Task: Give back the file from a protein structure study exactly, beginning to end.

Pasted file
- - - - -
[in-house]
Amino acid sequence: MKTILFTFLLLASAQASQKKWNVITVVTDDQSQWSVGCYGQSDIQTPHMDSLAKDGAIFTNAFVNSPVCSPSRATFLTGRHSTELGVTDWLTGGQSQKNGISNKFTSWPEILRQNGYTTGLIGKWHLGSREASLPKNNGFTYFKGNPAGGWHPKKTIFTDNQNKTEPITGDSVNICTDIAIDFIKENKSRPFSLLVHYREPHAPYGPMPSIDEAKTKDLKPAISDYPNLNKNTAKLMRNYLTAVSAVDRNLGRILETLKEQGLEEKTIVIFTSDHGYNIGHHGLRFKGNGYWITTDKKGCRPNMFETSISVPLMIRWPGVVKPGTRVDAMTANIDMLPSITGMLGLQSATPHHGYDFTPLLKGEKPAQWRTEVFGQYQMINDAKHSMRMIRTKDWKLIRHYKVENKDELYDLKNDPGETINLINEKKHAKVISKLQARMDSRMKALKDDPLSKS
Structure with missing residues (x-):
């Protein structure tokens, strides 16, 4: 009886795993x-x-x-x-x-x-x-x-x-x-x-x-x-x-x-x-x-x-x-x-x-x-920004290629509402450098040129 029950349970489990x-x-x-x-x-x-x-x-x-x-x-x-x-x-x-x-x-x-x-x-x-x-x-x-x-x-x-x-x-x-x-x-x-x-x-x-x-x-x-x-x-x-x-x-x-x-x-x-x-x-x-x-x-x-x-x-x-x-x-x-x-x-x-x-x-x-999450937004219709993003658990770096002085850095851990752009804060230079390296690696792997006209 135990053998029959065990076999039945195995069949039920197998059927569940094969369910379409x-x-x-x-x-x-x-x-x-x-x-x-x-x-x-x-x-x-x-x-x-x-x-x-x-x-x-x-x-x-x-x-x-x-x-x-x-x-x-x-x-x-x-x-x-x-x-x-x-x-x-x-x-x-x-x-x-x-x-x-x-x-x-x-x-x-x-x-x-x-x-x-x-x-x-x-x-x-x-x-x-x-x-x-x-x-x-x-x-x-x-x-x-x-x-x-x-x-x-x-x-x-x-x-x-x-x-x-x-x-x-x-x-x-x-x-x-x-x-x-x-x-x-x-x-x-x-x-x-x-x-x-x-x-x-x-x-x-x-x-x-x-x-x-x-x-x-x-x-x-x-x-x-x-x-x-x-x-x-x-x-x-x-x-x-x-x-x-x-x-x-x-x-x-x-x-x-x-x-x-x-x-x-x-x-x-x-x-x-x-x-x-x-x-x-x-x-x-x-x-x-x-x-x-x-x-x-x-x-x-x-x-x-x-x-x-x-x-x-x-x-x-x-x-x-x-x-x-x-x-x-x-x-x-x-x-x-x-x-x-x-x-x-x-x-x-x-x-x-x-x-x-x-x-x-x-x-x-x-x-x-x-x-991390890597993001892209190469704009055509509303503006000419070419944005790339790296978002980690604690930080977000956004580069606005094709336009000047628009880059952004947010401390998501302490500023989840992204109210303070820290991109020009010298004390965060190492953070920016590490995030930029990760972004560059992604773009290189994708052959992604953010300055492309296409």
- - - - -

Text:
[in-house]
Amino acid sequence: MKTILFTFLLLASAQASQKKWNVITVVTDDQSQWSVGCYGQSDIQTPHMDSLAKDGAIFTNAFVNSPVCSPSRATFLTGRHSTELGVTDWLTGGQSQKNGISNKFTSWPEILRQNGYTTGLIGKWHLGSREASLPKNNGFTYFKGNPAGGWHPKKTIFTDNQNKTEPITGDSVNICTDIAIDFIKENKSRPFSLLVHYREPHAPYGPMPSIDEAKTKDLKPAISDYPNLNKNTAKLMRNYLTAVSAVDRNLGRILETLKEQGLEEKTIVIFTSDHGYNIGHHGLRFKGNGYWITTDKKGCRPNMFETSISVPLMIRWPGVVKPGTRVDAMTANIDMLPSITGMLGLQSATPHHGYDFTPLLKGEKPAQWRTEVFGQYQMINDAKHSMRMIRTKDWKLIRHYKVENKDELYDLKNDPGETINLINEKKHAKVISKLQARMDSRMKALKDDPLSKS
Structure with missing residues (x-):
């Protein structure tokens, strides 16, 4: 009886795993x-x-x-x-x-x-x-x-x-x-x-x-x-x-x-x-x-x-x-x-x-x-920004290629509402450098040129 029950349970489990x-x-x-x-x-x-x-x-x-x-x-x-x-x-x-x-x-x-x-x-x-x-x-x-x-x-x-x-x-x-x-x-x-x-x-x-x-x-x-x-x-x-x-x-x-x-x-x-x-x-x-x-x-x-x-x-x-x-x-x-x-x-x-x-x-x-999450937004219709993003658990770096002085850095851990752009804060230079390296690696792997006209 135990053998029959065990076999039945195995069949039920197998059927569940094969369910379409x-x-x-x-x-x-x-x-x-x-x-x-x-x-x-x-x-x-x-x-x-x-x-x-x-x-x-x-x-x-x-x-x-x-x-x-x-x-x-x-x-x-x-x-x-x-x-x-x-x-x-x-x-x-x-x-x-x-x-x-x-x-x-x-x-x-x-x-x-x-x-x-x-x-x-x-x-x-x-x-x-x-x-x-x-x-x-x-x-x-x-x-x-x-x-x-x-x-x-x-x-x-x-x-x-x-x-x-x-x-x-x-x-x-x-x-x-x-x-x-x-x-x-x-x-x-x-x-x-x-x-x-x-x-x-x-x-x-x-x-x-x-x-x-x-x-x-x-x-x-x-x-x-x-x-x-x-x-x-x-x-x-x-x-x-x-x-x-x-x-x-x-x-x-x-x-x-x-x-x-x-x-x-x-x-x-x-x-x-x-x-x-x-x-x-x-x-x-x-x-x-x-x-x-x-x-x-x-x-x-x-x-x-x-x-x-x-x-x-x-x-x-x-x-x-x-x-x-x-x-x-x-x-x-x-x-x-x-x-x-x-x-x-x-x-x-x-x-x-x-x-x-x-x-x-x-x-x-x-x-x-x-x-991390890597993001892209190469704009055509509303503006000419070419944005790339790296978002980690604690930080977000956004580069606005094709336009000047628009880059952004947010401390998501302490500023989840992204109210303070820290991109020009010298004390965060190492953070920016590490995030930029990760972004560059992604773009290189994708052959992604953010300055492309296409």